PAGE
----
I now turn to consider whether the applicants are properly before me in seeking an order for their immediate return to the farm, or whether they should have either noted an appeal or launched review proceedings against the orders issued by the Magistrates Court in Kwekwe. The applicants seek that both orders be declared null and void on the grounds that the ex-parte orders for eviction were unlawful. The contention by the applicants, which contention finds favour with me, is that the Magistrates Courts Rules do not permit the grant of an order for eviction ex-parte. Order 22 Rule 1 is to the following effect;

‘Except where otherwise provided, an application to the court for an order affecting any other person shall be on notice.’


            Apart from infringing this rule in a fundamental way, the orders granted for the eviction of the applicants from the farm without notice of the application to them also violate the rules of natural justice. It is a negation of the audi alteram partem rule. There are exceptions when the court may entertain an application ex-parte but this is not one of the exceptions. In Nyandoro v Sithole & Ors[2] CHEDA J (as he then was) had no hesitation in declaring null and void an ex-parte order for eviction granted by the Magistrates Court. He stated that it was most irregular for the respondent in that case to seek an order which provided for the eviction of the applicant even before the return day and before the applicant had been heard. I respectfully agree.  In my view, the orders issued for the immediate ejectment of the applicants from the farm are on a prima-facie view null and void.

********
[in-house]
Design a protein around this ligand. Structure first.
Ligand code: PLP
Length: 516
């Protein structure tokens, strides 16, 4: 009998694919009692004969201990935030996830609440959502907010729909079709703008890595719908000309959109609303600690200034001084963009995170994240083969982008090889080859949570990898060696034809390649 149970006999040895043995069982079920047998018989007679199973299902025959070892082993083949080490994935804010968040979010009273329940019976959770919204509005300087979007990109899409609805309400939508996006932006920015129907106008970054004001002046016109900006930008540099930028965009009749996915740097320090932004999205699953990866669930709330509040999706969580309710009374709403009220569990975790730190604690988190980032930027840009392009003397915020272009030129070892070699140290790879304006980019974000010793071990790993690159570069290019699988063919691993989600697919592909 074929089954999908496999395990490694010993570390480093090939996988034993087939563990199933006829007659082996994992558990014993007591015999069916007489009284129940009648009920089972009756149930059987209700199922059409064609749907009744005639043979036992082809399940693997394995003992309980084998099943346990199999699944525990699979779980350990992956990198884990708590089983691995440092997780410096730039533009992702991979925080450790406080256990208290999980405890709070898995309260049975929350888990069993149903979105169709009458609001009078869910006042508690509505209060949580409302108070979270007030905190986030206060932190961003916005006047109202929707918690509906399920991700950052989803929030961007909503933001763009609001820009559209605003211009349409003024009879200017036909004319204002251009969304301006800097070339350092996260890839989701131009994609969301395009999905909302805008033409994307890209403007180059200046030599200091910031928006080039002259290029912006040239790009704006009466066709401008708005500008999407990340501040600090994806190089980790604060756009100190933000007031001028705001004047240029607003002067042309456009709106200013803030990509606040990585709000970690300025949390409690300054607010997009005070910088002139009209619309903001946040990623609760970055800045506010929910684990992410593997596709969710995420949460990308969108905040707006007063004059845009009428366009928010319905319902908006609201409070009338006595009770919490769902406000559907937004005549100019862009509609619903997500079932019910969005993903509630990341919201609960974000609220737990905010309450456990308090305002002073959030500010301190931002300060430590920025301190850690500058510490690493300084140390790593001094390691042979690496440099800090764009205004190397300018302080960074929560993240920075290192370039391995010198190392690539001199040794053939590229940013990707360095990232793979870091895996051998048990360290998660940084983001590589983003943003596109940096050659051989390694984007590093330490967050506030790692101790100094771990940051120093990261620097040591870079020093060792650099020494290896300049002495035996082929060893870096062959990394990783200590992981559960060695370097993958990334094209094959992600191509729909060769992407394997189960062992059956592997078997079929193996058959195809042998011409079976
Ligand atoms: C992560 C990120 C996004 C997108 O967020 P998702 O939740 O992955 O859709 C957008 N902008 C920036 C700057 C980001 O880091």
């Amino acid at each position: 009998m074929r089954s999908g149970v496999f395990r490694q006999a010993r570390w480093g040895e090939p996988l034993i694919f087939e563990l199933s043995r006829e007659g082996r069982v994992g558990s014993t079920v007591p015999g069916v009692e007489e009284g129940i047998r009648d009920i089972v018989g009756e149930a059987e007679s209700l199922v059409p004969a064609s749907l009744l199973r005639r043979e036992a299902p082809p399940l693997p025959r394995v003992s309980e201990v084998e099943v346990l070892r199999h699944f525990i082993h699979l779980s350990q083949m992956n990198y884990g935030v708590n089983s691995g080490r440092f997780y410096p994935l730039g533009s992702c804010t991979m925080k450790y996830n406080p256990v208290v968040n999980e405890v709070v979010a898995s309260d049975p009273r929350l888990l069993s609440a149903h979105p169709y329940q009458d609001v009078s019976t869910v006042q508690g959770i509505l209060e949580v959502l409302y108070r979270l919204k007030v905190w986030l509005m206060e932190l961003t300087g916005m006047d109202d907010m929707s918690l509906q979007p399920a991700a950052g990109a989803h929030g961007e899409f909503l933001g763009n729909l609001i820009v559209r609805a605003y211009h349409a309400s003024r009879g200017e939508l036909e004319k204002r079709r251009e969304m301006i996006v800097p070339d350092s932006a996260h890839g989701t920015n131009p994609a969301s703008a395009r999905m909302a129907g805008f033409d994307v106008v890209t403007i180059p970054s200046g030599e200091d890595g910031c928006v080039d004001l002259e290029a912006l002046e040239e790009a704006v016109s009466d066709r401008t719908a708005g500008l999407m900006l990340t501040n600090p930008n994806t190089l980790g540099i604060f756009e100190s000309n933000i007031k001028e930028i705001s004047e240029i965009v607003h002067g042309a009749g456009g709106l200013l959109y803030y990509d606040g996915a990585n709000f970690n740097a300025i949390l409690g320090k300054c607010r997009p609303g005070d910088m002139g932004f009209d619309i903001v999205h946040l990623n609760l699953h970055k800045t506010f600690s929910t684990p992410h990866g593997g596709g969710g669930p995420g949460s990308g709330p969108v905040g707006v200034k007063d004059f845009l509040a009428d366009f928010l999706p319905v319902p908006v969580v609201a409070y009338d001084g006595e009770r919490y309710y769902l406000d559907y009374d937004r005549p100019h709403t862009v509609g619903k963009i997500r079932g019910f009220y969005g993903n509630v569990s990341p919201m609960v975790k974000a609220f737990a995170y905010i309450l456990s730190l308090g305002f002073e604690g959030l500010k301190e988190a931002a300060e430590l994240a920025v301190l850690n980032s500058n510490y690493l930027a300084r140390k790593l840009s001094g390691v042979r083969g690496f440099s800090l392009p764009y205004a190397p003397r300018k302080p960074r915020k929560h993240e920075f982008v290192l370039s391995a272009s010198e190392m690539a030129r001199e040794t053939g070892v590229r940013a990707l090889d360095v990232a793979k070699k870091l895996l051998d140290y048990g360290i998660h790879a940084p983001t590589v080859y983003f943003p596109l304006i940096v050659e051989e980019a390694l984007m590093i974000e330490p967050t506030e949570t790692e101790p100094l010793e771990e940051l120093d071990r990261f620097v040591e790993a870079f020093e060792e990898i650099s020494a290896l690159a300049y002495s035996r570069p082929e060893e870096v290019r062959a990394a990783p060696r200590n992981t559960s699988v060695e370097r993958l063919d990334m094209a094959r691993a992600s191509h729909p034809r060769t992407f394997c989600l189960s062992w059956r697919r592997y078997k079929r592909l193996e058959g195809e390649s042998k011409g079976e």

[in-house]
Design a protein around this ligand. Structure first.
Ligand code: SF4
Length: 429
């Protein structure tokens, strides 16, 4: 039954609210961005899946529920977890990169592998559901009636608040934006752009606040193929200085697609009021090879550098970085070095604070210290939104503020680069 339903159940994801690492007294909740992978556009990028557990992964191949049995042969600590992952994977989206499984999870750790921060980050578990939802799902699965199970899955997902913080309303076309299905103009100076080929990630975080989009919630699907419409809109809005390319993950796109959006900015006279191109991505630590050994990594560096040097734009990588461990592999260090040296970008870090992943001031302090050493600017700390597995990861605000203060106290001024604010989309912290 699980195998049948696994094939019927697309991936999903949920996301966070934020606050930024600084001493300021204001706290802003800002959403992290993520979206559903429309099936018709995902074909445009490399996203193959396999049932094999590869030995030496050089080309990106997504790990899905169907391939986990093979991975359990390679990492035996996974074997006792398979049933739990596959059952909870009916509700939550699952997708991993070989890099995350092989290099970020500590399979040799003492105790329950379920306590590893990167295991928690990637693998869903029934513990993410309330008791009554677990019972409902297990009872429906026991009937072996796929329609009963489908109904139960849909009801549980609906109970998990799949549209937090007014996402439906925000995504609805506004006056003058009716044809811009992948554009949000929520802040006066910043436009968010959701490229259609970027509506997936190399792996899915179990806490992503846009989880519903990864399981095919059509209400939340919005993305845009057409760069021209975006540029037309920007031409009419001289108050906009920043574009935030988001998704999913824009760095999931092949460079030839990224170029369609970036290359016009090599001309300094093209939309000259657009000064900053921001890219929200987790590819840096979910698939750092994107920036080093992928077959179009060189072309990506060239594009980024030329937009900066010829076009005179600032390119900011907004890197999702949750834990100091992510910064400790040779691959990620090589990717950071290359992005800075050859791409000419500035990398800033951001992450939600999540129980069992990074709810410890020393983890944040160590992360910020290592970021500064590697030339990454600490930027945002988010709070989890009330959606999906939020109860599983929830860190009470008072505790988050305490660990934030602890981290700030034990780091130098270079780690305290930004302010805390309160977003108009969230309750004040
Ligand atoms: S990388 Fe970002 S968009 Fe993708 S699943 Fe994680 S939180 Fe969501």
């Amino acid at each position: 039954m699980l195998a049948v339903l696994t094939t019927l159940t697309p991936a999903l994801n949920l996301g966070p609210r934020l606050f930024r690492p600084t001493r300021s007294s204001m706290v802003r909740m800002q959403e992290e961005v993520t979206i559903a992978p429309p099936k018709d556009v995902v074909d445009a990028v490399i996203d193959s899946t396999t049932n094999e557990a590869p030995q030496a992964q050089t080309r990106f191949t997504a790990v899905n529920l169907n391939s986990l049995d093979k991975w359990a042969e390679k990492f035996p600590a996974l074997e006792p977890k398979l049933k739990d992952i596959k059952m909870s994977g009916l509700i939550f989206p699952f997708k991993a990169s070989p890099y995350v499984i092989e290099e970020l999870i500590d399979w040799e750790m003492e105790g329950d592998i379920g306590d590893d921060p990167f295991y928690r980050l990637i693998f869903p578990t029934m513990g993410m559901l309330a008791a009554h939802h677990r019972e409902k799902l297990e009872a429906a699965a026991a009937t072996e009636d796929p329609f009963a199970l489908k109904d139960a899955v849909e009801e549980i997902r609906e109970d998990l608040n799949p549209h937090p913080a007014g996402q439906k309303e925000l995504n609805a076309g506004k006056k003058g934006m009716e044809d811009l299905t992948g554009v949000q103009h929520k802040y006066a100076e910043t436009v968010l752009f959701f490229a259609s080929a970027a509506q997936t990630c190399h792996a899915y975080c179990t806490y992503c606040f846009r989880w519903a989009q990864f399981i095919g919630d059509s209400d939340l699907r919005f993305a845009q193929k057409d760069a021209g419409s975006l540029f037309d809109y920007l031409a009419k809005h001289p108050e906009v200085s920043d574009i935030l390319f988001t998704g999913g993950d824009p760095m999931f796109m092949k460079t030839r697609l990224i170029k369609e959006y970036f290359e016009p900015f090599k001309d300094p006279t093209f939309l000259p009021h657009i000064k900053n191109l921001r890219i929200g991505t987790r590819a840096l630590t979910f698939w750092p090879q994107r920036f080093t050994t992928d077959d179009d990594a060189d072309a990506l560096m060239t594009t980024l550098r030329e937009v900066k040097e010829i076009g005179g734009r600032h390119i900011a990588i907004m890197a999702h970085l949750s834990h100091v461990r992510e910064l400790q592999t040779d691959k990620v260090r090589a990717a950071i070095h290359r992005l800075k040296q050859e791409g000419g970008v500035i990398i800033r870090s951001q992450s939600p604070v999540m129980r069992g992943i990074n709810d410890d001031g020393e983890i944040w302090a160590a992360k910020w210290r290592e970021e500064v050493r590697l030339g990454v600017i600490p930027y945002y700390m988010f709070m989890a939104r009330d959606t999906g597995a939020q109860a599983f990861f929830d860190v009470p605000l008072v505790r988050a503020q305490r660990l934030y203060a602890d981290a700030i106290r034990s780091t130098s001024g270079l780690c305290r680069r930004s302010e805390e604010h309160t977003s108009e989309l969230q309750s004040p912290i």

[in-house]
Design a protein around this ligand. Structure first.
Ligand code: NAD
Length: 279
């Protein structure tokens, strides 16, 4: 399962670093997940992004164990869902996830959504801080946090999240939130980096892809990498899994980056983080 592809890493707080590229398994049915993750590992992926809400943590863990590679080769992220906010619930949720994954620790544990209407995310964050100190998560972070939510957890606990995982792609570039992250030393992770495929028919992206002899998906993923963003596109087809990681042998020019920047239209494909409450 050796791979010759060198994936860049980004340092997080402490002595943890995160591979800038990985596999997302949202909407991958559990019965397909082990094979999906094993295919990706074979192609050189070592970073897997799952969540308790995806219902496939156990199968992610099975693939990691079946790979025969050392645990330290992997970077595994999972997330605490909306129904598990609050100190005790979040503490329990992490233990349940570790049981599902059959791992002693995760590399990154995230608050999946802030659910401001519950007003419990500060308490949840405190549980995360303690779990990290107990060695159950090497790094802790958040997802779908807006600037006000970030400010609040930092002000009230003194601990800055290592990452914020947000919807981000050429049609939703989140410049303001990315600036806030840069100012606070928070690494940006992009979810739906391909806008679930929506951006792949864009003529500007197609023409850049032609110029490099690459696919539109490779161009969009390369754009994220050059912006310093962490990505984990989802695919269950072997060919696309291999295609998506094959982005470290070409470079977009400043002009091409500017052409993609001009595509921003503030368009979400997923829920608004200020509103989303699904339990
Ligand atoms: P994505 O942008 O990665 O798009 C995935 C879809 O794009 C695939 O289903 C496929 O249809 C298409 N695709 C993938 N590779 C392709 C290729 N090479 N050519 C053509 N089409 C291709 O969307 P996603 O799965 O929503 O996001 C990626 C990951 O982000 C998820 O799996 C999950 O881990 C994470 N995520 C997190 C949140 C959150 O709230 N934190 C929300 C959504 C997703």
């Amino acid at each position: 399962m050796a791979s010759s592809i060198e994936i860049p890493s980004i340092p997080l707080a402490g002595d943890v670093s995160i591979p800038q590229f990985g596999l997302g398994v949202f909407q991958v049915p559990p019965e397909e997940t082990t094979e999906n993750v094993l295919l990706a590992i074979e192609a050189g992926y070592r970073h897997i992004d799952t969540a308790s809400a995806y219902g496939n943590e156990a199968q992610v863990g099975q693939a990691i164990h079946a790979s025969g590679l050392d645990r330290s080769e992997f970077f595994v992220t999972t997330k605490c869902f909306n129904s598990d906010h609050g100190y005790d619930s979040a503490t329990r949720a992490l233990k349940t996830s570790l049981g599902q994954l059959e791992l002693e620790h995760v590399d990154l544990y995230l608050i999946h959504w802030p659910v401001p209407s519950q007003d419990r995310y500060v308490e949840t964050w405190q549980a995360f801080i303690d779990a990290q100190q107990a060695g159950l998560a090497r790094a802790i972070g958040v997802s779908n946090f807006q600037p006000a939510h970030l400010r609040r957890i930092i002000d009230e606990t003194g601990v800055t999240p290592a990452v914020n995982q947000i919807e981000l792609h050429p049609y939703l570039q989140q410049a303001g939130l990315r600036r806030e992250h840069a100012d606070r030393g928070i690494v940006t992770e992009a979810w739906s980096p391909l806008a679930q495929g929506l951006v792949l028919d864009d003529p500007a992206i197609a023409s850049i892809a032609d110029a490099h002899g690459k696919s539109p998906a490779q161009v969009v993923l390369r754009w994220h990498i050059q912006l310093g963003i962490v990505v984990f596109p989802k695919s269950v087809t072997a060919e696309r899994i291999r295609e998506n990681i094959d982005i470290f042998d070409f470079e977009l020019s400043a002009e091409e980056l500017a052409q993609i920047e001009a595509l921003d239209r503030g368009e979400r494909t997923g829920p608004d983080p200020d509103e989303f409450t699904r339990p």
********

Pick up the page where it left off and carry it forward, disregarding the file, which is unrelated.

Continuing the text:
There are other fundamental and disturbing features to this case. All the applicants were evicted based on the orders granted against the second applicant. The previous title holder was the first applicant and the other applicants were in occupation of the farm through the first applicant. They could only therefore be evicted either by being cited personally or through the first applicant. They were neither cited nor were they evicted through the proper person. They cannot have been evicted through the second applicant because that is not how they derived their rights of occupation.

            In his heads of argument Mr Drury on behalf of the applicants addressed issues which I believe go to the final relief being sought against the respondents. It is in my view the purview of the court determining the final relief to delve into those issues. I cannot determine those issues at this stage of the matter.  In my view the applicants have made out a case for the granting of the interim relief they seek.

            Part of the relief being sought is the release to the applicants of the equipment that was obtaining at the premises when they were summarily evicted. Miss Mwatse on behalf of the Minister indicated that the equipment had not in fact been acquired. This statement did not elicit any response from the second and third respondents. I will as a consequence issue an order in final terms for the equipment to be released to the applicants and further that they may be permitted in terms of this order to retrieve from whomsoever may be in possession of the same. 

            A Provisional order is issued in terms of the draft.







Gollop & Blank,legal practitioners for the applicants

Civil Division of the Attorney-General’s Office, legal practitioners for the 1st, 4th5th6th7thand 9threspondents

Chinyama & Partners, legal practitioners for the 2ndand 3rdrespondents


[1]1993 (2) ZLR 146 at 149 C-D

[2]1999 (2) ZLR 353